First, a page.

• Present the eggs in a clear tin for a pretty and practical way of transporting this gift.  Alternate the eggs with layers of paper Easter grass.

I think we’ll be making these for other occasions, too.  I see Fourth of July flag eggs, pumpkin eggs, Santa eggs . . . the cracking is irresistible fun!

Confetti Cake Pops & Ribbon Box

Since my first shot at the cake pop, I’ve been busy trying to perfect my technique.  I took my own advice on this attempt and chose white candy melts to make the spring confetti really pop.

The lifesaver this time around:  disposable candy melt bags.  I’m never making cake pops again without this handy dandy device!  You can melt and decorate so easily and with virtually no mess.  The double-boiler method would still probably give you the best results because it keeps the candy melts at an even temperature for a prolonged period of time, but my life is all about shortcuts these days.

For a fun spring birthday theme, I tried three different pastel confetti designs:

(1) all over confetti

(2) confetti dots

and (3) an ice cream look (covering only the top of the pop)

These were a birthday gift for a friend, so I needed a portable presentation.  A beribboned styrofoam block (using colored tacks) worked out perfectly.  A few tied ribbons on the cake pop sticks and a rectangular piece of cardstock used as a gift tag completed the present.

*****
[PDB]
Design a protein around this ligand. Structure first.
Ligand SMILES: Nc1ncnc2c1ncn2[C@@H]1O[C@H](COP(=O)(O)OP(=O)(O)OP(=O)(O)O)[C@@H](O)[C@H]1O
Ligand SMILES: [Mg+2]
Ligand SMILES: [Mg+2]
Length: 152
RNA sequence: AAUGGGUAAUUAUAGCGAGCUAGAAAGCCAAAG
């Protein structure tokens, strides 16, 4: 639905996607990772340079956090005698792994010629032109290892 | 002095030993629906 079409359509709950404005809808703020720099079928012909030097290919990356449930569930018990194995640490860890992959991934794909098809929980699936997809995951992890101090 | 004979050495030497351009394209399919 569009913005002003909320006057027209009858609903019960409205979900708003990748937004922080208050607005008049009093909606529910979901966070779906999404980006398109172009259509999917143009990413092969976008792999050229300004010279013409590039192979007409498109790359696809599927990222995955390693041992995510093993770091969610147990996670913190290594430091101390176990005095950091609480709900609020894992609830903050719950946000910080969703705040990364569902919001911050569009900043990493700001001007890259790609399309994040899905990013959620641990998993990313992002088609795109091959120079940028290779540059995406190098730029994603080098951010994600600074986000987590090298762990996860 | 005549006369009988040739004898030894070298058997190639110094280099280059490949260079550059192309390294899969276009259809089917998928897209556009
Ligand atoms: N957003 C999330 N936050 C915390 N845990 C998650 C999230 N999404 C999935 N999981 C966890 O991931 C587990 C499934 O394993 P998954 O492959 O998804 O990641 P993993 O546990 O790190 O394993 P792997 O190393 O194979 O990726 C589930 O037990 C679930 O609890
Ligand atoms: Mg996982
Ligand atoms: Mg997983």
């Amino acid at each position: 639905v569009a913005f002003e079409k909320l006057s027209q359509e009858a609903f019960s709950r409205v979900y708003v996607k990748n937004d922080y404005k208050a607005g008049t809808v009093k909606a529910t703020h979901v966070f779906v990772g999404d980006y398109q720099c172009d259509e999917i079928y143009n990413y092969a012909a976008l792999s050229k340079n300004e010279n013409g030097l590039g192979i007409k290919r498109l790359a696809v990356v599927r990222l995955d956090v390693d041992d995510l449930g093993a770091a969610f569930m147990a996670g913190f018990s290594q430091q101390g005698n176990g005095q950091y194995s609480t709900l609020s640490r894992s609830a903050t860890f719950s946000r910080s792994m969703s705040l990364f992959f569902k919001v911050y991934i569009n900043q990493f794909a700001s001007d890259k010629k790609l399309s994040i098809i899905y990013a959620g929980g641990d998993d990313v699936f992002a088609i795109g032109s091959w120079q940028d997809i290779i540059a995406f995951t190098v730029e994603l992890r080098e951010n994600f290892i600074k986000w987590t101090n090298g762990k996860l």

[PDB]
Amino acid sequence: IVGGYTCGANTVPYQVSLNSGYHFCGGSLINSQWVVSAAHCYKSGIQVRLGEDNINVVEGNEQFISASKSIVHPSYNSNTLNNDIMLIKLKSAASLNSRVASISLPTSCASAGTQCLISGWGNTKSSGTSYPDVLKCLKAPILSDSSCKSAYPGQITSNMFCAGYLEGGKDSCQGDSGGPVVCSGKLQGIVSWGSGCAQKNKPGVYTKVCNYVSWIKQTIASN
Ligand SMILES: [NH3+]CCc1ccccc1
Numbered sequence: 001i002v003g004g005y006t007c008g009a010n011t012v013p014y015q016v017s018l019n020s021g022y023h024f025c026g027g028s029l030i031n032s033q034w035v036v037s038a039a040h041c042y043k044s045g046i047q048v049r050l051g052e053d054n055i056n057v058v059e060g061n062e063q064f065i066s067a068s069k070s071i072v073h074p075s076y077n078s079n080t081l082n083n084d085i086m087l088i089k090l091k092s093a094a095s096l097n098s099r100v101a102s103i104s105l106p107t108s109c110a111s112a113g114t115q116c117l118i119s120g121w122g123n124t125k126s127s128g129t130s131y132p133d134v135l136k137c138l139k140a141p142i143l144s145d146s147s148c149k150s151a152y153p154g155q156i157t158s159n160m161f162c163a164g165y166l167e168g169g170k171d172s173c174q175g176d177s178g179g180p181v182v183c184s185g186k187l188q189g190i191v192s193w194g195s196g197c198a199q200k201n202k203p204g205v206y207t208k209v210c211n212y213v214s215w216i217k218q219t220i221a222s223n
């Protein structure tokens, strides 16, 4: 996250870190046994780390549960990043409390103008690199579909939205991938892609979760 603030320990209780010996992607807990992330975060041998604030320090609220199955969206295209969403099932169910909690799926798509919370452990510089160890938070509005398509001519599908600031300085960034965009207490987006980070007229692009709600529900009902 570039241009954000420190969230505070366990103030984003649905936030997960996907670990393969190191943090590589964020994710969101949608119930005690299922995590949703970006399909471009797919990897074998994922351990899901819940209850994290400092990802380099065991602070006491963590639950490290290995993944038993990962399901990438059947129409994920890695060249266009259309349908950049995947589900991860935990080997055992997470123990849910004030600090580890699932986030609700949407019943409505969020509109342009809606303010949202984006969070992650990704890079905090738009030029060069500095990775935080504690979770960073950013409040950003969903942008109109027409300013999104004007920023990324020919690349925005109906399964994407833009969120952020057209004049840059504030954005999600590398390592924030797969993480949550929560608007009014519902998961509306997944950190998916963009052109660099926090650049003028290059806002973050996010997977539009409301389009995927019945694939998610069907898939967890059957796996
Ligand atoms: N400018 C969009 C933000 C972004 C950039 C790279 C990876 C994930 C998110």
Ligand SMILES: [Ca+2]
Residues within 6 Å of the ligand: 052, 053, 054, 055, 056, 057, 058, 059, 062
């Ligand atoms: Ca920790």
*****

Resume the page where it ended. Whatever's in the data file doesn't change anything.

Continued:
Wooden Spring/Easter Puppet Baskets

To make these springtime baskets – which make great children’s gifts – you’ll need:

  • wooden baskets (ours were $1 from Michael’s)
  • paint suitable for wood surfaces + a paintbrush
  • stickers
  • felt for the puppets (or buy pre-made felt puppets)
  • lollipop sticks (even a pencil will do – you just need something to prop up the puppet)

First, have your toddler paint the undecorated wooden baskets.  Let the paint dry overnight.

Then, decorate the painted boxes with stickers.

Finally, make your felt puppets or take your store bought ones and prop them up on a lollipop stick.  The easiest gift and super cute, too!

Easter Egg Sprinkle Cookies

These hard, cardboard-tasting “Ideal Sugar Cookies” were a total bust!  A little embarrassing because I gifted these to one of my friends, but it’s the thought that counts, isn’t it?  And they’re oh-so-pretty to look at.